On Immunity–An Inoculation, Eula Biss. Minneapolis: Graywolf Press, 2014.
Summary: A collection of essays about vaccines, immunity, fears, risks, and related concerns about environmental pollutants and other dangers faced by the human community.
A few caveats at the beginning of this review. One is that this book was published in 2014. So it was not written in the context of our current polemics about vaccines to combat COVID-19. Also, the author is not a scientist but a talented writer who has won a number of literary awards and is currently an Artist in Residence at Northwestern University. She is the daughter of an oncolgist. She is also the mother of a child suffering many allergies.
The essays in this work reflect her background as an academic, writer, child of a doctor, and a mother. It is evident that she extensively researched this work. She explores the history of vaccination from which we learn that the term comes from the Latin name for the cowpox virus, from which the vaccinated developed immunity to smallpox. She explores how the understanding of immunity developed over the years, earlier issues with the safety of vaccination, and contemporary research and reporting systems that confirm the high level of safety and rarity of risks.
She makes an important point that the effectiveness of vaccines isn’t simply for individuals but for the communities within which they live and travel. Vaccines limit or eliminate infections when a large portion of the population is vaccinated. At one point she challenges the flawed reasoning that one doesn’t need to get vaccinated because others are. This only works when very few think that way, and an ethic that you can’t commend universally runs afoul of Kant’s categorical imperative. She observes, “Immunity is a shared space—a garden we tend together.”
But she is also a mom who wants to do the right thing for her child. Her personal concerns lead her to a sympathetic examination of the fears of others, the sources of reports about autism, and various contaminants in vaccines. She both acknowledge the continuing influence of these reports and how extensive research studies have refuted all of them. She explores the question of risk, and how highly unlikely risks, like a rare side effect that may be attributed to a vaccine, and the much more prevalent and often more serious risks of the disease vaccines are meant to prevent. In the end, she comes down on the side of vaccination–but hardly in an unthinking, “sheeple” fashion. She gently challenges being more afraid of inoculation than disease, and the luxury of entertaining fears that most of the world can’t afford.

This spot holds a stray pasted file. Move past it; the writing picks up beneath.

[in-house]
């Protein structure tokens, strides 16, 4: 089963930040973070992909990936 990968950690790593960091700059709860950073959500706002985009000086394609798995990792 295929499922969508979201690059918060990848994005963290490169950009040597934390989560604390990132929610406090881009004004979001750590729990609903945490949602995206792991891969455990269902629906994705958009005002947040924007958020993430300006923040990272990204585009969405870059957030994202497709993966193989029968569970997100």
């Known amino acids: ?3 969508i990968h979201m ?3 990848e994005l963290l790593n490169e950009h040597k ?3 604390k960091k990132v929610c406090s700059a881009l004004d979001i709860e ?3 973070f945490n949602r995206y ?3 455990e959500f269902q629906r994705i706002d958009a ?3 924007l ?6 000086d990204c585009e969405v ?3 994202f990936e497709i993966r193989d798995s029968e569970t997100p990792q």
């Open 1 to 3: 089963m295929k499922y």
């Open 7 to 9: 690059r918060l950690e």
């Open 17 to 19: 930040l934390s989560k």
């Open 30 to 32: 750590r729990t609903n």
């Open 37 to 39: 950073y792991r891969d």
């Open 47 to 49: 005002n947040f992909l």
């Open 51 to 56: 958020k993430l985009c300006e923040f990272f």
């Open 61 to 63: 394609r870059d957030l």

She considers other chemicals in our environment from triclosan in our liquid soaps to plastics in our foods, drink bottles, and mattresses. She comes to recognize that there is no absolute immunity we can confer on ourselves or our children from all that could render harm. She experiences this herself when she required transfusion after nearly dying from an inverted uterus during childbirth, and has to trust the safety of the blood she is given. She balances this sense of our vulnerability with our amazing immune system, that can handle multiple vaccines at once because it responds to thousands of threats every day. She asks hard questions, reviews research and doesn’t simply accept authority, but also acts on the best evidence of the science.
The book wanders a bit. It is a collection of essays, not strictly a scientific or history piece. But it is also a human piece, rather than a clinical account or research paper. Biss does what we all need to do–listen, ask questions, be the parent, and learn to discern between flawed and reliable information, and make the best decisions one can. In many ways, this may be a helpful read for those with concerns about vaccines. It challenges us to make decisions not from a place of narcissism but enlightened self interest that also considers the common good. It is written from outside the current polemics, but reflects the concerns so many of us have.